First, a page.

Desert Wind begins latest residential infill project
Desert Wind Homes plans to begin construction of about 55 single-family homes at its Brighton subdivision at the corners of Moana Lane and Plumas Street this summer.
Desert Wind closed purchase on the 8.01-acre site at the beginning of the year, co-owner Allyson Rameker says. Signs went up in mid March announcing the development, and Rameker says her office already has seen strong demand from potential buyers.
“We have had a lot of interest,” she says. “We already have an interest list and people are asking when they can go into contract.”
Desert Wind is working with KTGY of San Francisco to define the architectural designs of the subdivision. Pezonella Associates is doing the geotechnical work, and Colovich Engineering and Design of Reno is handling the structural engineering.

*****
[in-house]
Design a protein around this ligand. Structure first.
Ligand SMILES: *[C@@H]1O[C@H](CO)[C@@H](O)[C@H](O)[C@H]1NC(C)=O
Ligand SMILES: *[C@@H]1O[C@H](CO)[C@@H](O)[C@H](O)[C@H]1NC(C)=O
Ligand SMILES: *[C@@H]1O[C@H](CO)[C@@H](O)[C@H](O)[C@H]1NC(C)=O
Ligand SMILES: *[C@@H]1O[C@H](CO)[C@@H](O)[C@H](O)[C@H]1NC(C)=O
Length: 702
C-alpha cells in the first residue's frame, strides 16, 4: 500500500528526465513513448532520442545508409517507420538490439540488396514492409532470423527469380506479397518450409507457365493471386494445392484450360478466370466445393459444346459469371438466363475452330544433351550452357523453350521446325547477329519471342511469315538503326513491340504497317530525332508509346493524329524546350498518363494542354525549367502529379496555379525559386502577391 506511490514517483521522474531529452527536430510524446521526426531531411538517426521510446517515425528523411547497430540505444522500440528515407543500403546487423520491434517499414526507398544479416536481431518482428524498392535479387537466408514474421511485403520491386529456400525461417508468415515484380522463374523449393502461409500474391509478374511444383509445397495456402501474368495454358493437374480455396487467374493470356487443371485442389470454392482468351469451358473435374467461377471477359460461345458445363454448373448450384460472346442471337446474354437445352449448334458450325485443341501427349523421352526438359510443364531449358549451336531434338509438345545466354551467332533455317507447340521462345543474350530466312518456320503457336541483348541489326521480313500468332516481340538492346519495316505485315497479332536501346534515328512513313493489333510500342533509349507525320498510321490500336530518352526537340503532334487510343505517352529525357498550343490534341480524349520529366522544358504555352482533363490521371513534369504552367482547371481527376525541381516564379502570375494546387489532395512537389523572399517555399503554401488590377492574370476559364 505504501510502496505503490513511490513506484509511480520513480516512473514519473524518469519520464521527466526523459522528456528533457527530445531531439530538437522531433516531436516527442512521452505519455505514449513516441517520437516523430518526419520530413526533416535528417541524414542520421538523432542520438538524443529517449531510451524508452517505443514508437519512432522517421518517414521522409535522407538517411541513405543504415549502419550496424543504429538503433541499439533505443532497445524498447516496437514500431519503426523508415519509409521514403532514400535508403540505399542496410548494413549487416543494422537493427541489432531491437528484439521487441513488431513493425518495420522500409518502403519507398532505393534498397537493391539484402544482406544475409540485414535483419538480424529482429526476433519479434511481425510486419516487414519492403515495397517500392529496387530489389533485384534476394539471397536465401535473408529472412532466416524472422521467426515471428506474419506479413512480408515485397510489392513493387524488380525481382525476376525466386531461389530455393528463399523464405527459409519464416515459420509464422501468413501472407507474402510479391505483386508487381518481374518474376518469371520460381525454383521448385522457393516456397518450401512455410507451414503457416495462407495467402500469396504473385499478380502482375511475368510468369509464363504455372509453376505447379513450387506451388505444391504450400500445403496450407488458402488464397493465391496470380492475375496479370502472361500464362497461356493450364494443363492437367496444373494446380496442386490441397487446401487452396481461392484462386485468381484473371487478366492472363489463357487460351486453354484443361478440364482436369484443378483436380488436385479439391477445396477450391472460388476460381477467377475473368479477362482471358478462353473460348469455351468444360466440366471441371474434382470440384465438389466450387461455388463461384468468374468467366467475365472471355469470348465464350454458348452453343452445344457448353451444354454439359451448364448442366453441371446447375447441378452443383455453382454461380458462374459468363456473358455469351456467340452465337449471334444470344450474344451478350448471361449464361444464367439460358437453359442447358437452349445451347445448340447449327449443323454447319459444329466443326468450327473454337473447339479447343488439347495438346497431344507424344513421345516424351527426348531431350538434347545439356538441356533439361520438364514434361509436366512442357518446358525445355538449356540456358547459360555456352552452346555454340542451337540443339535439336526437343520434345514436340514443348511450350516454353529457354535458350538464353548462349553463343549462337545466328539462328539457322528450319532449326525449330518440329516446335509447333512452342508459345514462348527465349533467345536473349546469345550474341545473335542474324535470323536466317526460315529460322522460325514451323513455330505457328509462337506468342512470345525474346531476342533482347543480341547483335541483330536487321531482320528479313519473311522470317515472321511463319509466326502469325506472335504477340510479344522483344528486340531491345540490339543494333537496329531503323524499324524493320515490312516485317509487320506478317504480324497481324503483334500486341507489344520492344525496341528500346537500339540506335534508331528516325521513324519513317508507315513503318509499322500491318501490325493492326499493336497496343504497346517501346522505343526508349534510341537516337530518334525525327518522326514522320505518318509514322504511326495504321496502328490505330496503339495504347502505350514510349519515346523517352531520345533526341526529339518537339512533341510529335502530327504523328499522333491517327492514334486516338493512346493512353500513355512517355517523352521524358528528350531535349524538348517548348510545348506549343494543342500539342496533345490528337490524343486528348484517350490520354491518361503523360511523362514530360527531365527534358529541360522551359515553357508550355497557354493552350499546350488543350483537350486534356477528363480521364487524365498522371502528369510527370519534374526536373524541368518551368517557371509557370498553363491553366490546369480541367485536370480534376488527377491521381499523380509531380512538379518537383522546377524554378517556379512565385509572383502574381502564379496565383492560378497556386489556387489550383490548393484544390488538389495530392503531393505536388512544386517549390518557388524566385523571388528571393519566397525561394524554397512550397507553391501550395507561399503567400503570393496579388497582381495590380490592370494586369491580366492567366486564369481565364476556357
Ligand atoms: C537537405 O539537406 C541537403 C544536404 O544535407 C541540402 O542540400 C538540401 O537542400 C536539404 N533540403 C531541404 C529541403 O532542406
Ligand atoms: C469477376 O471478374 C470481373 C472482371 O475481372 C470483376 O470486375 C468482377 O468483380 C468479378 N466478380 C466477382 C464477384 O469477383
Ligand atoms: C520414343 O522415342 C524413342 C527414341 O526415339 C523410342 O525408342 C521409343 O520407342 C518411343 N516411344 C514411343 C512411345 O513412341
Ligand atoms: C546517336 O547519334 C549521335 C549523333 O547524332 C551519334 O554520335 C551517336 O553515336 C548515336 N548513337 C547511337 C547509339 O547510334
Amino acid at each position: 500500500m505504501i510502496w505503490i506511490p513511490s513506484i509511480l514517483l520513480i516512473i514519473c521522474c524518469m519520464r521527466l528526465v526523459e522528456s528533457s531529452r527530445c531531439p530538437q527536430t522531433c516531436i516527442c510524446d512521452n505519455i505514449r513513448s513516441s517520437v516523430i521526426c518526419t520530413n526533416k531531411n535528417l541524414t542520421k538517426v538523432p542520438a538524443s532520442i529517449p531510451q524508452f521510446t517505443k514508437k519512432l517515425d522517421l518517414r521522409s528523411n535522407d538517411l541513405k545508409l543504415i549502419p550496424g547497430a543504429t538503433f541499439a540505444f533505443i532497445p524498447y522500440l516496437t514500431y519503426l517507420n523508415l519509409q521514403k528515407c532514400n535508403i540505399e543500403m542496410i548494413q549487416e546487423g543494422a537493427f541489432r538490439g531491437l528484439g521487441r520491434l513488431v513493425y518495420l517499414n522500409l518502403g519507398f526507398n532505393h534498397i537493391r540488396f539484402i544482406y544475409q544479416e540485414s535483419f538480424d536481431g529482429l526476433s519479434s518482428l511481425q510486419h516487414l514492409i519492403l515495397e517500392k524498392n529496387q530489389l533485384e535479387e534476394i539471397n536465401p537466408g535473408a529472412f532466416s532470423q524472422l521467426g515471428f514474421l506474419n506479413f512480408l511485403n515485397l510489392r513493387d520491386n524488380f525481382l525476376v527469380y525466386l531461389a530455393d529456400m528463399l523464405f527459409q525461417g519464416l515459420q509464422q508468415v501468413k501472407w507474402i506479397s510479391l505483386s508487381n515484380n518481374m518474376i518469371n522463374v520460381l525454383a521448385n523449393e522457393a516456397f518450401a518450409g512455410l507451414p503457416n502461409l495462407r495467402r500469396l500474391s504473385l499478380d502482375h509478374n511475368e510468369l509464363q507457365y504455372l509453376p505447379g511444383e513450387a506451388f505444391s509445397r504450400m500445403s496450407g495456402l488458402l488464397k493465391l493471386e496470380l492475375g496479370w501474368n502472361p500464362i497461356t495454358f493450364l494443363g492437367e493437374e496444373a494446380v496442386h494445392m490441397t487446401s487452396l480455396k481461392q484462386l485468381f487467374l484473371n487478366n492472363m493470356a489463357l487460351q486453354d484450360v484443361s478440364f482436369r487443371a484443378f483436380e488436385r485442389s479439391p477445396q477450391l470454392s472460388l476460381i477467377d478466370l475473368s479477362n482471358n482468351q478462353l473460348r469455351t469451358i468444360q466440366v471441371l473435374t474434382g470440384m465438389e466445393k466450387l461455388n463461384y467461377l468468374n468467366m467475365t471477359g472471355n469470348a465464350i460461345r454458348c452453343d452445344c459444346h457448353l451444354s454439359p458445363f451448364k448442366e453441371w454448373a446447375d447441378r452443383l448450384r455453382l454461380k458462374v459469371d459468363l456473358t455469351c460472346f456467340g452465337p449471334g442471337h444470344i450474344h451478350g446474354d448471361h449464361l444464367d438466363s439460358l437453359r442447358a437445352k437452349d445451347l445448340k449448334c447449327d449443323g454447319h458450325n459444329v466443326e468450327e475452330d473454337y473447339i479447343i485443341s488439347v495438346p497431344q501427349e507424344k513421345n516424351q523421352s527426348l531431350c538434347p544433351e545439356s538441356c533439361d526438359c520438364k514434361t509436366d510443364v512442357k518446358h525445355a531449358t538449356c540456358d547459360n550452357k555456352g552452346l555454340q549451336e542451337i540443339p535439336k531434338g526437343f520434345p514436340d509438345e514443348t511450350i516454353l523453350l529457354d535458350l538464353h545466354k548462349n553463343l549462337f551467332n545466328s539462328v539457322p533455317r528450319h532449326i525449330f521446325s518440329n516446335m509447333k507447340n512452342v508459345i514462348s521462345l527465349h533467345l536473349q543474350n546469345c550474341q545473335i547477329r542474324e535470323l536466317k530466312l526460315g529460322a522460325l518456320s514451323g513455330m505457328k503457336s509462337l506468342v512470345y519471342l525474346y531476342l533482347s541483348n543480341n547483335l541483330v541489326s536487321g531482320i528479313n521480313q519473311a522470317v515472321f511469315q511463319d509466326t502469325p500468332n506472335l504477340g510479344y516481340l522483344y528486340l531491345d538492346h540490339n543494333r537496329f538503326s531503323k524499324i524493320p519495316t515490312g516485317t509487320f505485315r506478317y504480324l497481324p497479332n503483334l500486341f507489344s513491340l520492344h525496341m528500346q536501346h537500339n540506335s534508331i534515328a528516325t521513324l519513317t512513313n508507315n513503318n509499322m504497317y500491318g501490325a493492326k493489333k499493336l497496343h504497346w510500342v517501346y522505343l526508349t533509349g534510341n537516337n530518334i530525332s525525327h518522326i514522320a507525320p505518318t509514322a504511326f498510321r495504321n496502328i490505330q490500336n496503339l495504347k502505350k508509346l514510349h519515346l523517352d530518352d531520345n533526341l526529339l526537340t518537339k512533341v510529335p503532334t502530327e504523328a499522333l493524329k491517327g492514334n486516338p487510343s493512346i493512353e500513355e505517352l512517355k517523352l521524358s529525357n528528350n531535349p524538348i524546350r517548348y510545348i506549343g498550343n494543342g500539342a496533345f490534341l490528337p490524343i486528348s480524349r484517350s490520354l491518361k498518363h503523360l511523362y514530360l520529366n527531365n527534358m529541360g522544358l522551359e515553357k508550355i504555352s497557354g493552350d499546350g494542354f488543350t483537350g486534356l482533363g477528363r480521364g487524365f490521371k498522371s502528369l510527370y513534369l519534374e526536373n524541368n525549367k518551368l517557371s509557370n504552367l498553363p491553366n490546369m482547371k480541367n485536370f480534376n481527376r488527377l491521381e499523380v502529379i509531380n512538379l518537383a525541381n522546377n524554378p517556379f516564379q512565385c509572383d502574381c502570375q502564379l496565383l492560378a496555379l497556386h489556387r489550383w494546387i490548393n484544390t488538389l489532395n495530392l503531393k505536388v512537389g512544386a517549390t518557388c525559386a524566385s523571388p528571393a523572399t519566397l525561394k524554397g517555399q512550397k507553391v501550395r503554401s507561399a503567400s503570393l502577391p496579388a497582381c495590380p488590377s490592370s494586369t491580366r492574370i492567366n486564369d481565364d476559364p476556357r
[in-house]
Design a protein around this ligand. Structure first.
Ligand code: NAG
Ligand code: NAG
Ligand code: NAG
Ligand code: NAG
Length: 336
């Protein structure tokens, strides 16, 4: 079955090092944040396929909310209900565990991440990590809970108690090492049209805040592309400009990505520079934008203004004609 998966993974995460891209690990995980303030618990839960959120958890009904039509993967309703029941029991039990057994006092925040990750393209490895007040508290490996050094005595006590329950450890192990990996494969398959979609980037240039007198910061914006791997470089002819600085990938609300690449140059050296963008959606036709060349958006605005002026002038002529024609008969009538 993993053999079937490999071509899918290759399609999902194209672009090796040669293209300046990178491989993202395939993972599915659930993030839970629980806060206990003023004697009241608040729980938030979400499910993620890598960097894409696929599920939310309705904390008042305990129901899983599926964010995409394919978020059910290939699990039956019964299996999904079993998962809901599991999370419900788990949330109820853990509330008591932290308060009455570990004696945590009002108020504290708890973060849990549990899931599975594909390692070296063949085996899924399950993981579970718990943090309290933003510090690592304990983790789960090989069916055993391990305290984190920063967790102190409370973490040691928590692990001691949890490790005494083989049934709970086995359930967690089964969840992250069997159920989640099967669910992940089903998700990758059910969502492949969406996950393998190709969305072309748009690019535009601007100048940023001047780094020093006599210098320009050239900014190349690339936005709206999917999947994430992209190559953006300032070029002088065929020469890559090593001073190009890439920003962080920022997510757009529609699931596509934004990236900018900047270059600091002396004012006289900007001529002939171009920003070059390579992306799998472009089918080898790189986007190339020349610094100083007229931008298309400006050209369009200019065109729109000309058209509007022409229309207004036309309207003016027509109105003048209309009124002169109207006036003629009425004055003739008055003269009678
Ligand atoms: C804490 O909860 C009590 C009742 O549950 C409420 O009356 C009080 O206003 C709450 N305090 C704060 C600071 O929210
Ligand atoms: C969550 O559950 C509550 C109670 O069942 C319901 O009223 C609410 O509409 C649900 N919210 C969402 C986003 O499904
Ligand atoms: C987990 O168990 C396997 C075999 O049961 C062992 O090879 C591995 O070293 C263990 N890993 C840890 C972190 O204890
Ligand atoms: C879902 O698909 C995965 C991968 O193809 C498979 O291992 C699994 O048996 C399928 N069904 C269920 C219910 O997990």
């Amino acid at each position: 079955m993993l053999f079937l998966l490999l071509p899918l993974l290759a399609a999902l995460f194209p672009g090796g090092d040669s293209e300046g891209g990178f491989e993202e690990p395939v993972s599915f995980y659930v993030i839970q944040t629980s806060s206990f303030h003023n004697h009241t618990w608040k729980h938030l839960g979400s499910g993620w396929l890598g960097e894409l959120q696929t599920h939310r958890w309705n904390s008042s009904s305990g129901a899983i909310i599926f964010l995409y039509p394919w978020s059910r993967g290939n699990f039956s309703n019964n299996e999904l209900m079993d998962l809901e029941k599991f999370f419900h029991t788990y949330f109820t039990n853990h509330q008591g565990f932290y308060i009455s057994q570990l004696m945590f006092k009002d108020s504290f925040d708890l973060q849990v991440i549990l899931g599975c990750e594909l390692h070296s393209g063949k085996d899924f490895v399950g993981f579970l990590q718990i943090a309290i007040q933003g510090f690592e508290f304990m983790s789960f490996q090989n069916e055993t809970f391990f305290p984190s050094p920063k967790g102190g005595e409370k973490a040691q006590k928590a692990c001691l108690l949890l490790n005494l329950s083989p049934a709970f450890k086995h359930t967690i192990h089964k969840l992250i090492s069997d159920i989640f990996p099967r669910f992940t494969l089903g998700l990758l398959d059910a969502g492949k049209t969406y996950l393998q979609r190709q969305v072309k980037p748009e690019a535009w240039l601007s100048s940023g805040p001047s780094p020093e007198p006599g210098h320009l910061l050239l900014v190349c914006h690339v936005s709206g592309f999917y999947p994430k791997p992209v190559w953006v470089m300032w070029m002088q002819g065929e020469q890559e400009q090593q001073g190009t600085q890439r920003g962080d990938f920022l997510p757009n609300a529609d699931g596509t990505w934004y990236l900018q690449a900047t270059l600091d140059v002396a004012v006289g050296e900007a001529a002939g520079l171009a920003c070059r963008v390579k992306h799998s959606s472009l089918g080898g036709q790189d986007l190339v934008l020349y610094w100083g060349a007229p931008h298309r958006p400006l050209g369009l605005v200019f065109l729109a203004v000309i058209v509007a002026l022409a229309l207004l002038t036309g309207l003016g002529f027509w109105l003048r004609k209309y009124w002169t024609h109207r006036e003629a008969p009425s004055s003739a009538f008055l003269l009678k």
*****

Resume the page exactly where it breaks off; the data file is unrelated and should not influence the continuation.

Desert Wind plans three models at Brighton. The two single-story home plans range in size from 1,400 to 1,800 square feet, and the two-story model is 2,200 square feet with a flexible design. It has an interior courtyard on the first level that can be turned into a nursery, formal dining room or office to boost the plan’s square footage.
Desert Wind erected 87 homes in 2013 in both halves of the state, but most of those were in northern Nevada, Rameker says. The past few years the company delivered 88 homes at Sonoma at the Vineyards between Vista and Sparks Boulevard just north of Disc, and it’s developing its Villagio subdivision at the top of Ridgeview Drive in southwest Reno.
The plan at Brighton is to build a block of speculative homes to stay ahead of potential buyers, particularly those who have sold their homes and need to relocate in a month’s time, Rameker says — but that plan didn’t work out at the popular Sonoma at Vineyards subdivision, where home sites sold out well in advance of buildout.
“They went so quickly that we were barely out of permit when they sold,” Rameker says.
Desert Wind homes is headquartered in Midtown Reno. The company strives to identify residential infill projects.
“It’s what we love,” Rameker says.
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